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Old 01-29-2005, 11:54 AM   #1
hubabuba
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can a function return a string?


Hi

Would the function work if it is written like this:

#define BUFSIZE 256

int main(void)
{
char string[BUFSIZ], copyString;

strncpy(copyString, getString(string), 11);

.....
}

char getString(char string[])
{
printf("Enter a string: ");
fgets(string, BUFSIZE, stdin);
return *string;
}

Thanks
 
Old 01-29-2005, 12:46 PM   #2
exvor
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Maybee but why would you do this?



the string passed to the function is just a pointer to the real string data. so if its modifyed in the function and the main program uses it again some where else the data would have been changed so its like it was returned with the new information.
 
Old 01-29-2005, 12:53 PM   #3
Hko
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Two things fixed below in red.
Code:
#define BUFSIZE 256

int main(void)
{
char string[BUFSIZ], copyString[BUFSIZ];

strncpy(copyString, getString(string), 11);

.....
}

char getString(char string[])
{
printf("Enter a string: ");
fgets(string, BUFSIZE, stdin);
return string;  /*  removed: *   */
}

Last edited by Hko; 01-29-2005 at 12:54 PM.
 
Old 01-29-2005, 12:56 PM   #4
hubabuba
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i need the function readString() to read in the 10 digit number and pass it to the main() function,
so actually i don't want to "return *string", but to "return string" (not the pointer).

How can i go about this?

If i enter "return string", then the compiler says:
warning: return makes integer from pointer without a cast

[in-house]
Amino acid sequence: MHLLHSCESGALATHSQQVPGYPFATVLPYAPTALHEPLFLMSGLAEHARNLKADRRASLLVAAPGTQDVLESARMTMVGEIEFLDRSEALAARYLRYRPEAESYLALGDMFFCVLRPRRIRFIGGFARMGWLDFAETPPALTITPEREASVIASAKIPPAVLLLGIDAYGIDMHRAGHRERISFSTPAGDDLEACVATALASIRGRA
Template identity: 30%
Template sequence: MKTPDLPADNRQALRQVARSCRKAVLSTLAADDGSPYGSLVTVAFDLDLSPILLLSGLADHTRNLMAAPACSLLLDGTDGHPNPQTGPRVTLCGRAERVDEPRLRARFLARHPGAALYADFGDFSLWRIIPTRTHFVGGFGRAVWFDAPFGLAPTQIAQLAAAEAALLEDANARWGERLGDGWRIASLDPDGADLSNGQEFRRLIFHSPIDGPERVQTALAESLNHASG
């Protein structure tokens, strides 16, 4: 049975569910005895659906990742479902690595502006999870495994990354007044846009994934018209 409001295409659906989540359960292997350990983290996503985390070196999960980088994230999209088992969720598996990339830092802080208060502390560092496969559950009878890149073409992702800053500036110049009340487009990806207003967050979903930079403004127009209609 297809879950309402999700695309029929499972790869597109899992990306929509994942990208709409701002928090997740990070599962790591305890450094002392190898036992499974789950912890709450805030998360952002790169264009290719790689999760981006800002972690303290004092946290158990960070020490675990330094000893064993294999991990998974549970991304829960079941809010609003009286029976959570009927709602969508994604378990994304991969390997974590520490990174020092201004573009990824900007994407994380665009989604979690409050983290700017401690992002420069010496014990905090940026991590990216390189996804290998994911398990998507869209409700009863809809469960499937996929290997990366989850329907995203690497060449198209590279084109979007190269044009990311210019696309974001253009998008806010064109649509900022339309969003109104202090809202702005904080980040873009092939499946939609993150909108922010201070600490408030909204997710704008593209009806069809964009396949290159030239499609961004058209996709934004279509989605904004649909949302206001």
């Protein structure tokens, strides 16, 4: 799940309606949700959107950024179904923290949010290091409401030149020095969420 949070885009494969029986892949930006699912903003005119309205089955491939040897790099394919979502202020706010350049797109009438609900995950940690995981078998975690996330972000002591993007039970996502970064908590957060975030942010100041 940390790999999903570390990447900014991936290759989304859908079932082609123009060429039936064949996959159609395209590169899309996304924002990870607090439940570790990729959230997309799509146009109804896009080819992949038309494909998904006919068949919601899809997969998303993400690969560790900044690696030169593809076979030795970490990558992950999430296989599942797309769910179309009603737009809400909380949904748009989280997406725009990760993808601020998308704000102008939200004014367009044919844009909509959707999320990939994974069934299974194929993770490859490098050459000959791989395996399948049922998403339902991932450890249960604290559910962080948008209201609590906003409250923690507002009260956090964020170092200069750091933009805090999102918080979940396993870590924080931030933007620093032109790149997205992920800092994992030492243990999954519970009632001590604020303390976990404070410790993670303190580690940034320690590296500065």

Old 01-29-2005, 01:35 PM   #5
exvor
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this would be a better way to write this


Code:
 
#define BUFSIZE 256

void getString(char *); 
char string[BUFFSIZE];

int main(void)
{
char copyString[BUFSIZ];

 getString(string);

strncpy(copyString, string, 11);

.....
}

void getString(char string[])  
{
printf("Enter a string: ");
fgets(string, BUFSIZE, stdin);
}
 
Old 01-29-2005, 01:42 PM   #6
Hko
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Quote:
Originally posted by hubabuba
so actually i don't want to "return *string", but to "return string" (not the pointer).

How can i go about this?
Sorry, but you're out of luck then. In C, strings are pointers...

Quote:
If i enter "return string", then the compiler says:
warning: return makes integer from pointer without a cast
True. I forgot to fix the return type of getString(). I should be like this to fix the error:
Code:
char *getString(char string[])
{
    /* .... */
}
 
Old 01-29-2005, 02:59 PM   #7
exvor
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Hey Hko mind my ignorance but why would you ever return a string pointer instead of just using the string that was passed ?
 
Old 01-29-2005, 03:33 PM   #8
Hko
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Quote:
Originally posted by exvor
Hey Hko mind my ignorance but why would you ever return a string pointer instead of just using the string that was passed ?
You're right when you say it's not needed at all. True.
But it seems hubabuba wants it. And a valid reason to do it could be just convenience. Some standard library functions do it: e.g: gets(), fgets(), strcpy(), strcat(),...